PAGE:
So it might be about talking about all the ways that public speaking can manifest. From speaking up in a meeting, to presentations, to training, to leading conference calls. The chances that an employee can advance their career and escape all of those is nearly null. So what can they be successful at which can lead to more success.

  7. Loves Toast, Hates Toastmasters*

    OP thinks their administrative assistant should get involved in public speaking? That’s…odd.

    1. Murphy*

      I could maybe see it for an internal thing, depending on what it was about. But otherwise I agree that it seems odd.

    2. pomme de terre*

      I work at a company of > 200 people, and I can imagine some of our admins giving presentations at internal all-hands meetings, especially if it is related to the work they do. (“We’re rolling out a new teapot management system, Joaquin the Admin will be doing most of the hands-on work administering it, here is Joaquin to explain how it works.”)

      1. Eddiesherbert*

        In addition, my friend who is the main admin at a large company often helps organize training seminars/meetings and does all the introductions for speakers and the general announcements (ex: you have an hour for lunch, the cafeteria is down X hallway and serving Y and Z, please be back here at 1).

    3. Letter Writer*

      LW here- the admin is early in her career, and wants to move up. On our small team, she’s also an integral part of designing processes that contribute to our success, and she knows her work better than anyone else.

      1. Havarti*

        In light of this update, then sure – maybe the admin does need to learn to speak publicly if the role(s) she wants to move up into require it. I’ve been an admin for over 10 years, have no interest in moving up anytime soon and have never been required to make a presentation. Admins don’t present at my company. That’s just how we roll.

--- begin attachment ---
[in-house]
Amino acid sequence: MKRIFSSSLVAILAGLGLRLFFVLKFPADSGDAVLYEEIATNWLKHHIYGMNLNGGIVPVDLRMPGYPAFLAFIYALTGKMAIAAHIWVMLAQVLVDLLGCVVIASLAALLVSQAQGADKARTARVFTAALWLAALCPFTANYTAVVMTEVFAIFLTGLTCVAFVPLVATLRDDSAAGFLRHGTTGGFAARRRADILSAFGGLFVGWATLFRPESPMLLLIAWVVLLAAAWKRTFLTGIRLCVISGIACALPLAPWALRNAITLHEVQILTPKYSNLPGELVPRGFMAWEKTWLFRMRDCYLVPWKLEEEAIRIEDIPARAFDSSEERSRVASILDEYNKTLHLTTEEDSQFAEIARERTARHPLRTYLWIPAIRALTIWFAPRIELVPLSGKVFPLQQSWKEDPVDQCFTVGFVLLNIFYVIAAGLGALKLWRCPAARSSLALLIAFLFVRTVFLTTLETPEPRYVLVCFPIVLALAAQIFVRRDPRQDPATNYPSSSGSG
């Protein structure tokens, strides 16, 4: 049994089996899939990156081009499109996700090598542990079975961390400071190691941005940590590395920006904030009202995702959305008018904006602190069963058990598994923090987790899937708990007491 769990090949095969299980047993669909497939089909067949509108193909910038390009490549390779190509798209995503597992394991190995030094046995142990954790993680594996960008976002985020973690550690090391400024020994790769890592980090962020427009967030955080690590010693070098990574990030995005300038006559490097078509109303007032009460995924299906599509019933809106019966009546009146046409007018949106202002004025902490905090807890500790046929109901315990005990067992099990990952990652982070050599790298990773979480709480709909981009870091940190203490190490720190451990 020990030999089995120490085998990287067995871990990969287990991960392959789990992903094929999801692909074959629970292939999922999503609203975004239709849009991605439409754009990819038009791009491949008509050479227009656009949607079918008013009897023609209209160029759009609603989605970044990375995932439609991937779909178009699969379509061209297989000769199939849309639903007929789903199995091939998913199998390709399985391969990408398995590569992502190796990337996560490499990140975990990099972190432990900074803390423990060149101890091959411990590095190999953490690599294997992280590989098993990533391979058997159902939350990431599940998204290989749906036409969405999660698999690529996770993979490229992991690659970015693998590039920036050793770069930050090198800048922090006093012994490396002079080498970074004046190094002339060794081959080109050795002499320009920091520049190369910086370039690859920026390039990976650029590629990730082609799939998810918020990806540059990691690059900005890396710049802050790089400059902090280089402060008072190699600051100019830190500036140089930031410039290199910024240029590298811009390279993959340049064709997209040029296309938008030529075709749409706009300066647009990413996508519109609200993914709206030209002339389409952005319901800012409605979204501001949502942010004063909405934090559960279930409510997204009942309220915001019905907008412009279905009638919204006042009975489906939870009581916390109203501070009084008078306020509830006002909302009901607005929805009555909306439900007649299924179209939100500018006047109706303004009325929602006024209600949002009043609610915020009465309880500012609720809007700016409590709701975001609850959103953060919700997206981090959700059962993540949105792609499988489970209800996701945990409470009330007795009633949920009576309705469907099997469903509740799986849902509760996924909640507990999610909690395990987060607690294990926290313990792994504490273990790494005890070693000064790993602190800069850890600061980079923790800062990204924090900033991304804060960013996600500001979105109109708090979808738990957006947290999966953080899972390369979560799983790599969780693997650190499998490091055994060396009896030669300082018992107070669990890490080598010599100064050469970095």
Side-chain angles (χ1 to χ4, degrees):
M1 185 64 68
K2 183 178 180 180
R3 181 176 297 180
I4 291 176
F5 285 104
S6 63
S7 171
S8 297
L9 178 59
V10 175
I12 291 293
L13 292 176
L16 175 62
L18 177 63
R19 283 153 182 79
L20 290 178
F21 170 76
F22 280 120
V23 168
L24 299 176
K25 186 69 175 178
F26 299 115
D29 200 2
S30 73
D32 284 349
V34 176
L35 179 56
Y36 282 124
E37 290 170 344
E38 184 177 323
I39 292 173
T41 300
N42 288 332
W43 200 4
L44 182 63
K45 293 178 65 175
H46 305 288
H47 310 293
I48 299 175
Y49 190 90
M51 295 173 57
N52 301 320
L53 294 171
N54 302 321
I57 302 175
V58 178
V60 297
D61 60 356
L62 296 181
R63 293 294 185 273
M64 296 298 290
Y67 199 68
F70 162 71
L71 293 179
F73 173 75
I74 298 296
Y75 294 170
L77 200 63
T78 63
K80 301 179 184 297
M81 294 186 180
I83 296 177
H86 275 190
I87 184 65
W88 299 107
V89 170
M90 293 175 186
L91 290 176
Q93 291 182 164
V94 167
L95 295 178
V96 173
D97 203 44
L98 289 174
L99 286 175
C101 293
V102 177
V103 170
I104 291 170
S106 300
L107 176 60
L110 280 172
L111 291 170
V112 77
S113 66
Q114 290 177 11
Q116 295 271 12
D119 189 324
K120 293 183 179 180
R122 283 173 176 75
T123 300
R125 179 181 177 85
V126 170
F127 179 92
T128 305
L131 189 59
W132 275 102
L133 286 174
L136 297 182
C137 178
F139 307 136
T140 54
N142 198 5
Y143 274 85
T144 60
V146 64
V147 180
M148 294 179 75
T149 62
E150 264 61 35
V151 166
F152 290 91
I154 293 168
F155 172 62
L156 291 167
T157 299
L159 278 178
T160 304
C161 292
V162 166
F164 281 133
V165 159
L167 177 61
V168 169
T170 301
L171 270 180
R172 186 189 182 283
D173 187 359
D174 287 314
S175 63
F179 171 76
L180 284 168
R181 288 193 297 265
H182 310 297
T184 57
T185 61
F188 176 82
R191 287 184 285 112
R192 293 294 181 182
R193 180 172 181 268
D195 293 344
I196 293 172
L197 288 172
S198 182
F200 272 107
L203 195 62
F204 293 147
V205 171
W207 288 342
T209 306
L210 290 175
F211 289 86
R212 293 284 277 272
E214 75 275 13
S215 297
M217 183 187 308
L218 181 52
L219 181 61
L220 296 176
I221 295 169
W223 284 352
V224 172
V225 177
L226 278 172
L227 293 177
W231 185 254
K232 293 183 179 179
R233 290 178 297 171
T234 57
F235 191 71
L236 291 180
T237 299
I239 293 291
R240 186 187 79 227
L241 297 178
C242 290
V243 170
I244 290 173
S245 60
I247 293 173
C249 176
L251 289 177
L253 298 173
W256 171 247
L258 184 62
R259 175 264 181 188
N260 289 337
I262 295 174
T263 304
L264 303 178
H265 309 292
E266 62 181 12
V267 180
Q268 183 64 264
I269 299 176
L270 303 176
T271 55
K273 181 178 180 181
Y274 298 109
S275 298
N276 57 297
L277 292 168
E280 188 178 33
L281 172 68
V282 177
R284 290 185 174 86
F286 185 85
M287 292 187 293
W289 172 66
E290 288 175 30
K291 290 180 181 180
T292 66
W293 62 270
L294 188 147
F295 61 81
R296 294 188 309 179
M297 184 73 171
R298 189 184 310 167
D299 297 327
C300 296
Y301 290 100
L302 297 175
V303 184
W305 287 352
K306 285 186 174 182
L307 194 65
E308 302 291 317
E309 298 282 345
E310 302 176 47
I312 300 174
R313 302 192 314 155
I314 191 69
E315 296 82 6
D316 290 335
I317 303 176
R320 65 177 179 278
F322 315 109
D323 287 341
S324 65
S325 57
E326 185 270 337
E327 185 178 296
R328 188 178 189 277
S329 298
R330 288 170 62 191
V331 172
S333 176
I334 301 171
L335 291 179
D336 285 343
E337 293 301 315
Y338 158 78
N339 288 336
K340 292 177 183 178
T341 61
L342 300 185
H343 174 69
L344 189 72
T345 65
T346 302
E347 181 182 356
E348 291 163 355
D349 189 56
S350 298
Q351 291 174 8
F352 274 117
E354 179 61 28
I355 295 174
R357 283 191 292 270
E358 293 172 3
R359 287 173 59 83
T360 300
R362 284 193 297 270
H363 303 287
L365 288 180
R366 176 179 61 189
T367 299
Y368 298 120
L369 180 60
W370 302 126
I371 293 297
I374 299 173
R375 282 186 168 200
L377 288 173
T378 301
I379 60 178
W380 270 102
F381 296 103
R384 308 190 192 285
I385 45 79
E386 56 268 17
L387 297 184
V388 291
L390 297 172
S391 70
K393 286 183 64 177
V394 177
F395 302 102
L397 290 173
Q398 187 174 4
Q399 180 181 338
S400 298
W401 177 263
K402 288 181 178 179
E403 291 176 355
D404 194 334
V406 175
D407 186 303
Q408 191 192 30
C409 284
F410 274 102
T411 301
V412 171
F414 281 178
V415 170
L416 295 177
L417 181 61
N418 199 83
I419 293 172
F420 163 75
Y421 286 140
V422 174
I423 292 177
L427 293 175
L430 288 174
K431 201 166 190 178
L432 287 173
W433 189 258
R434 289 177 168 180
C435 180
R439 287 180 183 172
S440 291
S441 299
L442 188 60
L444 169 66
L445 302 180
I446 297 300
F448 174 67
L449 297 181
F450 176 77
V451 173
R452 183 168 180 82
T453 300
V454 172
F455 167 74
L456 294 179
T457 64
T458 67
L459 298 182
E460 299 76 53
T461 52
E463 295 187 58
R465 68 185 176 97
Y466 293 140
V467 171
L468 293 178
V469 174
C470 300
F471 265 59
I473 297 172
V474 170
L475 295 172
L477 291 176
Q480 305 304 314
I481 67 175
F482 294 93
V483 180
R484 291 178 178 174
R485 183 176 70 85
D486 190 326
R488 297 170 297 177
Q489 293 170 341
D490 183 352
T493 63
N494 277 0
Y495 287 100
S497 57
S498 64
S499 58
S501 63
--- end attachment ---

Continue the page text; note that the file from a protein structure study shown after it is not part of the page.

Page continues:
Also, if they’re young, it’s really hard to shake the feeling that all those folks in the room who are probably older with more years of business experience are judging them and judging them hard for having the temerity to speak at their elders. I’m not saying they are judging. Just that it can feel that way when all eyes are on you. If they’ll like me when I was younger, it can feel like facing a firing squad. Now I care less what someone might be thinking.

        1. Mallory Janis Ian*

          What I’ve seen for admins who have an integral role in a project is, they speak at internal/departmental meetings regarding their contribution, but when the presentation is to a larger outside group, the manager or department head summarizes the admin’s contribution as part of a general overview.

        2. Genny*

          100% can confirm that it’s terrifying to speak to a group of people who have 10, 15, 20 more years of experience than you. It feels like they’re going to roll their eyes at everything you say because of course they already know that. IME, fear over public speaking is inversely proportional to both how much I feel like I know about the topic and how much I think my audience knows about the topic.

      2. Holly*

        If the admin is hoping to move up, all the more reason to push back and make it clear that public speaking would be a requirement to do so. If the admin then changes their mind about wanting those responsibilities, that’s fine, but it’s their decision to make.

      3. Bea*

        I hope it’s youth that’s to blame here because if I’m ever told “I want to move up” and get pushback from the person to gain skills, I’m over it.

        Just assume she doesn’t have upward mobility in her future. You tried. She said no. You’ll drive yourself mad devoting energy into trying to give her any help in development.